If Congress and Prez passed a statute under which Person X was defined as a non-citizen, while the Supreme Court ruled that Person X was a natural born citizen, the Supreme Court ruling would trump the statute.

                Yes, a Supreme Court ruling trumps any statute. And?Report

              • Avatar James Hanley in reply to Tom Van Dyke
                Ignored
                says:

                There. Is. No. Un. Released. Document.Report

              • Avatar James Hanley in reply to Tom Van Dyke
                Ignored
                says:

                Yes, a Supreme Court ruling trumps any statute. And?

                And so Congress has no actual authority to make determinations about natural born citizenship. General citizenship, yes, but the issue for presidents is natural born citizenship. (Which, unfortunately, the Framers didn’t bother to define more clearly.)Report

              • Avatar wardsmith in reply to Tom Van Dyke
                Ignored
                says:

                natural born citizenship
                James, what about caesarian born citizenship? I mean what could be more unnatural about cutting open a woman and taking out the baby?Report

              • Avatar James Hanley in reply to Tom Van Dyke
                Ignored
                says:

                Believe it or not, Ward, a handful of our fellow citizens have asked that question seriously.

                And they’re eligible to vote.Report

              • Avatar Kazzy in reply to Tom Van Dyke
                Ignored
                says:

                http://www.google.com/trends/?q=Long+form+birth+certificate&ctab=0&geo=us&geor=all&date=all&sort=0

                Much of the nonsense about an “unreleased document” relating to his birth certificate was the notion that he had not released a long form document. Folks seized on this, not realizing there is no such thing as a long form. Look at the Google Trends… That search term was non-existent until this manufactured nontroversy. McCain nor Romney never released their medium form document… Again, because no such document exists.Report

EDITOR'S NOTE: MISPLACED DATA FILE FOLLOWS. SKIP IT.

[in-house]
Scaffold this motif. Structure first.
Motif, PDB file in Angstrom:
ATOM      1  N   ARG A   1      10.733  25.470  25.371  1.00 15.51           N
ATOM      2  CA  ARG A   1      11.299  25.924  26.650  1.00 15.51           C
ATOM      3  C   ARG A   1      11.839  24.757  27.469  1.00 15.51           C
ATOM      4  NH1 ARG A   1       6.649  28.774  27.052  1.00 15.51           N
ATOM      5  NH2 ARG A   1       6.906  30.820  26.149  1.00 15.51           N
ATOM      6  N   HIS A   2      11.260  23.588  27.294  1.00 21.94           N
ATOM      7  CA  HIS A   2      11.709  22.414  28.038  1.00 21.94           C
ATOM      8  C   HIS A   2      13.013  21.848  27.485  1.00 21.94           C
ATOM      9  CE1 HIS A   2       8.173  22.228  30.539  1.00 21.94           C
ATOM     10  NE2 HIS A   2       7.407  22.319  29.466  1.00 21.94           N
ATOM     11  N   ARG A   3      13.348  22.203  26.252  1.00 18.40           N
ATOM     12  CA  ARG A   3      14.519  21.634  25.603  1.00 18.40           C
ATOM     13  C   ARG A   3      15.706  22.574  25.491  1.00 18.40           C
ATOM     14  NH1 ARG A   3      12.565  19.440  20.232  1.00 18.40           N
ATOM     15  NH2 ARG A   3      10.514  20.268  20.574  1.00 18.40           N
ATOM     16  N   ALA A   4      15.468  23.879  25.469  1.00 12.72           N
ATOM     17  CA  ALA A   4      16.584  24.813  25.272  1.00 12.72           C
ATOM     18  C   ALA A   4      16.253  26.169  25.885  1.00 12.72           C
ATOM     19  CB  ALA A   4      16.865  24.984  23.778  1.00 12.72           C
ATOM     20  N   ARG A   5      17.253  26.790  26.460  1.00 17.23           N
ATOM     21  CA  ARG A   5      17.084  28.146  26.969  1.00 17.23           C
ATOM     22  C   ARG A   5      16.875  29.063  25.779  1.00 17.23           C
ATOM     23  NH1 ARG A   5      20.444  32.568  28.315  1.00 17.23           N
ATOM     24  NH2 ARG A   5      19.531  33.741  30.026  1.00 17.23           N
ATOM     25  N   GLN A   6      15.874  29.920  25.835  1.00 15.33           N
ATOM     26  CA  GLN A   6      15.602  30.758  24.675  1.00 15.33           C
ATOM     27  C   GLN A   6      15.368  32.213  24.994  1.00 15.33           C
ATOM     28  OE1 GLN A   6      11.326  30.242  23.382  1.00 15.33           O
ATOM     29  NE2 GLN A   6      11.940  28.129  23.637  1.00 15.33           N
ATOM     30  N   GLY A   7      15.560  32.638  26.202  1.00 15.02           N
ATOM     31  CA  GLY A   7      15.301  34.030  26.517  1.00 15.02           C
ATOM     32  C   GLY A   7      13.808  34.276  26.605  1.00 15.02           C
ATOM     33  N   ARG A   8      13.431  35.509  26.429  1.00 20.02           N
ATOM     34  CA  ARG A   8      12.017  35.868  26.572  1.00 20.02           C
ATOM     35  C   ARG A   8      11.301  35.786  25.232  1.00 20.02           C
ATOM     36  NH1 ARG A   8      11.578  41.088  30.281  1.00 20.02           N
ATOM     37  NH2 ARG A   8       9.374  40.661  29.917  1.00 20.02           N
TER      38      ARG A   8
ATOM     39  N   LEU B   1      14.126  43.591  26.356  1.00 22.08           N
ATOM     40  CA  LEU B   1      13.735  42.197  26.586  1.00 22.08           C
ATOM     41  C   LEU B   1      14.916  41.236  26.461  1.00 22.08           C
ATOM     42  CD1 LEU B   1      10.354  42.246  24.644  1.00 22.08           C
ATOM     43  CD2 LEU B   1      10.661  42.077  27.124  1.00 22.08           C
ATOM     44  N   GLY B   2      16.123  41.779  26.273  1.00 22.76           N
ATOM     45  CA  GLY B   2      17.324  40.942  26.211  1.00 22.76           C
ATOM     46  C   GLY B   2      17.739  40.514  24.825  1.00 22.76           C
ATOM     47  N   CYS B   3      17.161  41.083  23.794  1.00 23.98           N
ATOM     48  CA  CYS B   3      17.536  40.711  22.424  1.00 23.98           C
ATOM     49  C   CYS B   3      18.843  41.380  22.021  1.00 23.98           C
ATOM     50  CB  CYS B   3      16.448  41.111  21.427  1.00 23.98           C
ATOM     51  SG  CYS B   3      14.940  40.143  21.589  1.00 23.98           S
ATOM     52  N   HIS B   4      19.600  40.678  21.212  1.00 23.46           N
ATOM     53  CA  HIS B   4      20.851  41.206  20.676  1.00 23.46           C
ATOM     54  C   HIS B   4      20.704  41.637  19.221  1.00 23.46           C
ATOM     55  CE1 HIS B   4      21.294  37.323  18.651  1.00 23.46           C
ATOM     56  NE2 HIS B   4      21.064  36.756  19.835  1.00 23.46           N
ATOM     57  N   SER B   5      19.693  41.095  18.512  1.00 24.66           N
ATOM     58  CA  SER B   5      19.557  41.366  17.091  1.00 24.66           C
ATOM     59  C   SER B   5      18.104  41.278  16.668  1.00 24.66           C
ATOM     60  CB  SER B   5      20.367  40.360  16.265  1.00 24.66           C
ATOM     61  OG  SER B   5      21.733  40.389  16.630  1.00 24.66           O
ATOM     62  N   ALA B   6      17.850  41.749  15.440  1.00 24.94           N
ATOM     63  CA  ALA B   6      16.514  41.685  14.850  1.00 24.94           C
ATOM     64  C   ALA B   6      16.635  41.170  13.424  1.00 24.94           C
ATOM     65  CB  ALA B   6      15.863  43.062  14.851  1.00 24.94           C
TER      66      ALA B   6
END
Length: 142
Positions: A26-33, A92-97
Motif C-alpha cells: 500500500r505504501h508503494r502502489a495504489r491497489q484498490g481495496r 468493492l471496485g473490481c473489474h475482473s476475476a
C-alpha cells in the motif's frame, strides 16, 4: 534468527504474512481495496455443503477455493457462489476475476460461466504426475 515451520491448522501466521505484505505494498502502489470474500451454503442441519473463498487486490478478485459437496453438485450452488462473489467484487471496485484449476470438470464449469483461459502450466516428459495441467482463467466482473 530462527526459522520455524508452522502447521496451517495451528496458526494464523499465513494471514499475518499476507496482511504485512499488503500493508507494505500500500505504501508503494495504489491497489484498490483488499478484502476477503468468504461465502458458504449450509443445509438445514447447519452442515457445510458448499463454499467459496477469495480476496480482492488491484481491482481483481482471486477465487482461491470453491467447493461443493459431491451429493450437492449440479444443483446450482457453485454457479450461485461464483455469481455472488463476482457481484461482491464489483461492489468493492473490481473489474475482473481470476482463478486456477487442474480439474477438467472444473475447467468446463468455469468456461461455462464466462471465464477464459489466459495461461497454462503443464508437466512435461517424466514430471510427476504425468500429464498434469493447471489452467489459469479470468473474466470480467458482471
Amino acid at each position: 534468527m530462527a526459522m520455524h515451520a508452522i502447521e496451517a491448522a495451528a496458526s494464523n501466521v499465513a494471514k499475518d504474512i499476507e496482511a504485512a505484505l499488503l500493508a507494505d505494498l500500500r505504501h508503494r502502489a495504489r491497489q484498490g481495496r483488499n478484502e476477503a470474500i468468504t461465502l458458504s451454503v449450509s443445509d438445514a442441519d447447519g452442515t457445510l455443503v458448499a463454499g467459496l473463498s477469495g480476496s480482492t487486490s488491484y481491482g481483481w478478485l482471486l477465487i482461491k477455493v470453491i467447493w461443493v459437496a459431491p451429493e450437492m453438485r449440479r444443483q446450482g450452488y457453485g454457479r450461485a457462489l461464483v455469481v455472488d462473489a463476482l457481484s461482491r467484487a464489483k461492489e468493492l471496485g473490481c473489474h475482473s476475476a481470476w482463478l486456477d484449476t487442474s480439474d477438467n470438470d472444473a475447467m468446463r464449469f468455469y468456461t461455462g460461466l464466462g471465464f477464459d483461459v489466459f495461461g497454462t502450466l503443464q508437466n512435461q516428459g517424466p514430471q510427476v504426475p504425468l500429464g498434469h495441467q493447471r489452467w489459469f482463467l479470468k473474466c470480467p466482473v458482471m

• Avatar wardsmith in reply to Tom Van Dyke
                Ignored
                says:

                Kazzy, actually there is such a document if only we could trust an official Hawaiian government website. But I think the anti-anti-anti-anti-antibirthers have the edge on this one. Then again I may have lost count and/or didn’t bother to truth-table the logic. 🙂

                @James, indeed I googled my own phrase and got 5.8M hits! And I was just playing at being JB funny (impossible I know, but I try nevertheless).Report

              • Avatar James Hanley in reply to Tom Van Dyke
                Ignored
                says:

                Wardsmith,

                Yes, that was sort of a depressing Google search, wasn’t it?

                Actually, that document you linked to does not mention any such thing as a “long form” birth certificate. Just Certificates of Live Birth, Certifications of Live Birth, and Certificates of Hawaiian Birth.

                I guess since I haven’t seen one of each for Obama, he is hiding something after all.Report

              • Avatar Kazzy in reply to Tom Van Dyke
                Ignored
                says:

                Ward-

                There may exist forms Obama has not presented, the reasons of which are myriad and I’d bet all 100% on the up-and-up. Folks latched onto the notion of a long-form birth certificate as if it was the only legitimate form. As Hanley pointed out, no such form exists in HI. The cynic in me says this is precisely the reason why it was harped on… It was an impossible standard to meet.Report

              • Avatar Will Truman in reply to Tom Van Dyke
                Ignored
                says:

                Ward, wait, Obama now has to prove his lineage in Hawaii back to 1778? Cause that appears to be what the form you are linking to requires.

                (It means “Native Hawaiian” in the same sense that the tribes are “Native American” and not in the sense of proving that he was born in Hawaii. He has already provided the documentation required to prove that he was born in Hawaii.)Report

              • Avatar Tom Van Dyke in reply to Tom Van Dyke
                Ignored
                says:

                Kazzy, the letter from Hawaii’s Jill T. Nagamine doesn’t deny the existence of the document. Instead it maintains Arizona has no right to see any documents. Jerking each other around.